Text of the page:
CRTC dismisses Ebox’s complaint against Bell Media

The independent internet service provider, which is preparing to launch a BDU in Quebec, alleged Bell Media refused to provide its programming services.
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The CRTC has dismissed a complaint alleging Bell Media was giving preference to more established affiliated broadcasting distribution undertakings (BDUs) in the Quebec area.

On Sept. 22, 2017, Ontario and Quebec-based independent internet service provider Ebox, which is preparing to launch a BDU service in Quebec, filed a complaint against Bell Media alleging the media co was refusing to provide its programming services to Ebox. At the same time, Ebox argued that Bell Media was providing those services to more established BDUs operated by Videotron, Shaw, Rogers and Cogeco in the service areas where Ebox was set to launch.

Ebox argued Bell Media was using its dominant position in the market to benefit from refusing to share its programming services with Ebox, and that by denying it access to TSN and RDS in particular, Ebox was at a considerable disadvantage in the market.

By submitting its complaint to the CRTC, Ebox said it hoped the commission would order Bell Media to offer its services to the company, resume negotiations, and for the media co to participate in any dispute resolution proceedings.

In response, Bell Media argued Ebox’s complaint was “misleading,” stating that the filing implied Bell Media chose to “unilaterally withhold its services from Ebox without any justification,” when the companies had previously entered negotiations. Bell Media argued that Ebox was “forum shopping” by using the CRTC process to obtain a “result that would never emerge through reasonable commercial negotiations.”

Bell Media said it was still prepared to offer its services to the company “on reasonable terms and conditions” and that it is entitled to negotiate terms and conditions for its services, especially with other BDUs in the market.

In interventions to the CRTC, the Canadian Cable Systems Alliance (CCSA), the Canadian Network Operators Consortium Inc. (CNOC), the Public Interest Advocacy Centre (PIAC) and Telus all went to bat for Ebox.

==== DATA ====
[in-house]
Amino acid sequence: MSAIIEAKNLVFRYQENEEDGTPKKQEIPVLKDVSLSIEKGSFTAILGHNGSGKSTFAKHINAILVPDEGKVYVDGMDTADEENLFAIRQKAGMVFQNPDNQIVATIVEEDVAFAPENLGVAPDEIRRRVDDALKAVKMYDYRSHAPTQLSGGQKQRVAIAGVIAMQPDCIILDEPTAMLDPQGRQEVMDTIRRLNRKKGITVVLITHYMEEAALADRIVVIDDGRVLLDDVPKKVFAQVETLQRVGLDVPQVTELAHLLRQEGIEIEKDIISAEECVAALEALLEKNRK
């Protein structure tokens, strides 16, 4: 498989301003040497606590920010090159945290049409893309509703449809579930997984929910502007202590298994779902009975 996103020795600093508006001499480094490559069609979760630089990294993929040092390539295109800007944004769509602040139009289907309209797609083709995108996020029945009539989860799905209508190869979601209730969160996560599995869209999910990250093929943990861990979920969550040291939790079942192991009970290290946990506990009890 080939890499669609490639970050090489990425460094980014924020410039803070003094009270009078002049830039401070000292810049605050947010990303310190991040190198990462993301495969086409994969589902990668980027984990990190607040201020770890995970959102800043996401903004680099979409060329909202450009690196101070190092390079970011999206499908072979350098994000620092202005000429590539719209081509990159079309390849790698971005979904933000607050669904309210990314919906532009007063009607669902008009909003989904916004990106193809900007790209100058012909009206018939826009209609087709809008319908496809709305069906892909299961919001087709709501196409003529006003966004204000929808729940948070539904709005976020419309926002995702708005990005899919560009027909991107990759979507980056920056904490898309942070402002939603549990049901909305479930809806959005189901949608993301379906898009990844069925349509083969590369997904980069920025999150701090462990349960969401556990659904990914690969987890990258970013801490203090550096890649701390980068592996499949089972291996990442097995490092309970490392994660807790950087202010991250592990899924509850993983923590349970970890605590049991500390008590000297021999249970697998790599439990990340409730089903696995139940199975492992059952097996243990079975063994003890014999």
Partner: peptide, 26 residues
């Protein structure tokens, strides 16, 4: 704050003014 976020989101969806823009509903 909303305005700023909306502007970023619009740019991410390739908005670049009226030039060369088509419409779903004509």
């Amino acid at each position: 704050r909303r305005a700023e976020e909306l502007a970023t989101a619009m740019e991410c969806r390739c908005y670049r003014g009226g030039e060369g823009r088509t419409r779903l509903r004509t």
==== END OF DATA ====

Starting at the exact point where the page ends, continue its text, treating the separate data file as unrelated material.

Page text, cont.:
All said refusing to offer services to a new BDU entrant, while offering the same services to other competitors in the market, was a disadvantage. In addition, they argued Bell Media’s actions prove that independent BDUs are vulnerable in the face of an increasingly consolidated and vertically integrated media landscape, and that Bell Media’s actions “do not advance the interests of consumers” and will lead to a less competitive market.

PIAC also said it would be impossible to launch a BDU service without Bell Media’s services, citing the 2016 Communications Monitoring Report, it noted how Bell captures almost one-third (31%) of all television revenues in Canada.

In opposition, Rogers and Corus submitted that Ebox had failed to provide sufficient evidence that Bell Media had given preference and subjected Ebox to a disadvantage. The media companies said that programming services must have the same freedom as BDUs, noting that BDUs have the ability to decide whether or not to carry programming services.

Ultimately, the CRTC decided to dismiss the complaint because it found that Bell Media had not given other BDUs preference.

In its decision, the commission noted that Bell Media had participated in a number of negotiations with Ebox – showing the company was willing to work with Ebox and noted how the media co had said it was still prepared to engage in commercial negotiations with Ebox as long as the rates were based on rates negotiated with other BDUs negotiated in the market.